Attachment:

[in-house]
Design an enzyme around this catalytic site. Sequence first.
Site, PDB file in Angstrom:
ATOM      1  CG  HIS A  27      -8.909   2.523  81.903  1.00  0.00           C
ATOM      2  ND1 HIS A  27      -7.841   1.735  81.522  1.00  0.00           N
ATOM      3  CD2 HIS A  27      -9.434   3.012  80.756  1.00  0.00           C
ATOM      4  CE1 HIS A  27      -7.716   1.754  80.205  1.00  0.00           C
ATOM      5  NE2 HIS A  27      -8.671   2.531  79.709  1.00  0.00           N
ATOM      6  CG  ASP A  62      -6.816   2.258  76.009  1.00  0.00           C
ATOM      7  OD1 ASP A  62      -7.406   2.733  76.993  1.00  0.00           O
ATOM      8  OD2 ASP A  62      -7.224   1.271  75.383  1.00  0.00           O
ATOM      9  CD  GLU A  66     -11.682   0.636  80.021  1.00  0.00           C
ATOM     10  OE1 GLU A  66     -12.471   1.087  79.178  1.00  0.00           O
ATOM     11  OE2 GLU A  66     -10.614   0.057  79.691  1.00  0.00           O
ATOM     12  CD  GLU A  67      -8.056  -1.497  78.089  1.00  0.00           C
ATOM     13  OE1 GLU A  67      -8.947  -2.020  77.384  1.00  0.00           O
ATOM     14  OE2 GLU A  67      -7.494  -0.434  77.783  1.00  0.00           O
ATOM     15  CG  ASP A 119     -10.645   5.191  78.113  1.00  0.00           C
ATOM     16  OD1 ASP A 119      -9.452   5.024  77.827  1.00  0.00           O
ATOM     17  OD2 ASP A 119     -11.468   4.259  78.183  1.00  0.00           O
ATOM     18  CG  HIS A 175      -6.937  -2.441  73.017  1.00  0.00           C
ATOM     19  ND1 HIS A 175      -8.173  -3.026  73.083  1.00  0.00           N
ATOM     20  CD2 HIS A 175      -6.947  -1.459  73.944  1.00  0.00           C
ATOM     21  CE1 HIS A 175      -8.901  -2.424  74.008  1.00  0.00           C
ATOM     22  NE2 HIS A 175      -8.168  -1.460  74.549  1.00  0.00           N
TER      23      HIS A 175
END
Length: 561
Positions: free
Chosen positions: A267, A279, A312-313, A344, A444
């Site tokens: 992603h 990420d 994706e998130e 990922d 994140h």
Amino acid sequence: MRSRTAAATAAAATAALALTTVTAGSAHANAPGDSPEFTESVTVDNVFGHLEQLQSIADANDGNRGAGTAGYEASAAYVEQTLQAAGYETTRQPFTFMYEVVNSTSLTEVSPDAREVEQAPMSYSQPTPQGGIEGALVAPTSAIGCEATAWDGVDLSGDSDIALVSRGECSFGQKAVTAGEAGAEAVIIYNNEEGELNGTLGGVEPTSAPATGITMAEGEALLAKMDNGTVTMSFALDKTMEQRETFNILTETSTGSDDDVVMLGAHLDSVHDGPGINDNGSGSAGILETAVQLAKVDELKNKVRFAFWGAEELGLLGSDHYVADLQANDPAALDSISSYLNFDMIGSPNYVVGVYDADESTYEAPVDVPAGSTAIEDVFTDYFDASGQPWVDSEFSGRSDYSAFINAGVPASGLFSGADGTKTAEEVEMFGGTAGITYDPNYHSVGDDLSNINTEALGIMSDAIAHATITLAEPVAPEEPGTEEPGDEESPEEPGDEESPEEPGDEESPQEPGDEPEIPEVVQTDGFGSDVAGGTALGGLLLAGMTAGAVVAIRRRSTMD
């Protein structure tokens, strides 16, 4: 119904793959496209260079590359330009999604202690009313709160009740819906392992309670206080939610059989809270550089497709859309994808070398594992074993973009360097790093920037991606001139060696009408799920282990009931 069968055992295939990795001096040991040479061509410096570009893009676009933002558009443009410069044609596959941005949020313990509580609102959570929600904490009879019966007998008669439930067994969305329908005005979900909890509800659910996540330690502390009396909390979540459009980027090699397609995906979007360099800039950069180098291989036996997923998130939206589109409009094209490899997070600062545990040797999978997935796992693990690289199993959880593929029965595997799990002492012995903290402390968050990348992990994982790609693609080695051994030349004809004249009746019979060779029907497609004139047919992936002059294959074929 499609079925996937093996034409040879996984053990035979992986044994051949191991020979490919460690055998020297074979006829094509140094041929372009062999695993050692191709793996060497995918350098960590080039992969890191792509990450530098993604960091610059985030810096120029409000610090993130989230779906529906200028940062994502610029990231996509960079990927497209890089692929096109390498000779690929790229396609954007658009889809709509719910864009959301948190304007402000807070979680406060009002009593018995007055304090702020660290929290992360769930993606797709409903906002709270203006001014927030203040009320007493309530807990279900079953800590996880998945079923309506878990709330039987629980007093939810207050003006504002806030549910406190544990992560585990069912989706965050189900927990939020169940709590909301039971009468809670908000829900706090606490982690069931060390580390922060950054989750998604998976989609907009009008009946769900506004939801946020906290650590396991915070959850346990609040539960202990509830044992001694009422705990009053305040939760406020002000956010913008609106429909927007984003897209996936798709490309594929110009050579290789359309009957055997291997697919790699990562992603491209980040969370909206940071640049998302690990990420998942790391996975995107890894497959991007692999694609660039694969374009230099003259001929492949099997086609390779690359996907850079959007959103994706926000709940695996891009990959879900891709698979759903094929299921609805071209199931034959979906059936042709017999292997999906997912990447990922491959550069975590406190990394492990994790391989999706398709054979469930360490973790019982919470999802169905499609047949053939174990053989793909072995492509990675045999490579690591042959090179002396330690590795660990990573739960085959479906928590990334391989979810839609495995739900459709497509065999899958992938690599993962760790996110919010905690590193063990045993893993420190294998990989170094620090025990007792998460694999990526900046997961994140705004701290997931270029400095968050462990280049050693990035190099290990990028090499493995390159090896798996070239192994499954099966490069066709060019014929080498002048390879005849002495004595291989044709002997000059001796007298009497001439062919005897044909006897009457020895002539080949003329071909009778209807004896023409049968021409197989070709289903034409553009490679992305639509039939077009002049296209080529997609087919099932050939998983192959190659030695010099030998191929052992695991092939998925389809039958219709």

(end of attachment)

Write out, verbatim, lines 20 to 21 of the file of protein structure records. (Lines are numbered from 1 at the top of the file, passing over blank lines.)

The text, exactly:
ATOM     17  OD2 ASP A 119     -11.468   4.259  78.183  1.00  0.00           O
ATOM     18  CG  HIS A 175      -6.937  -2.441  73.017  1.00  0.00           C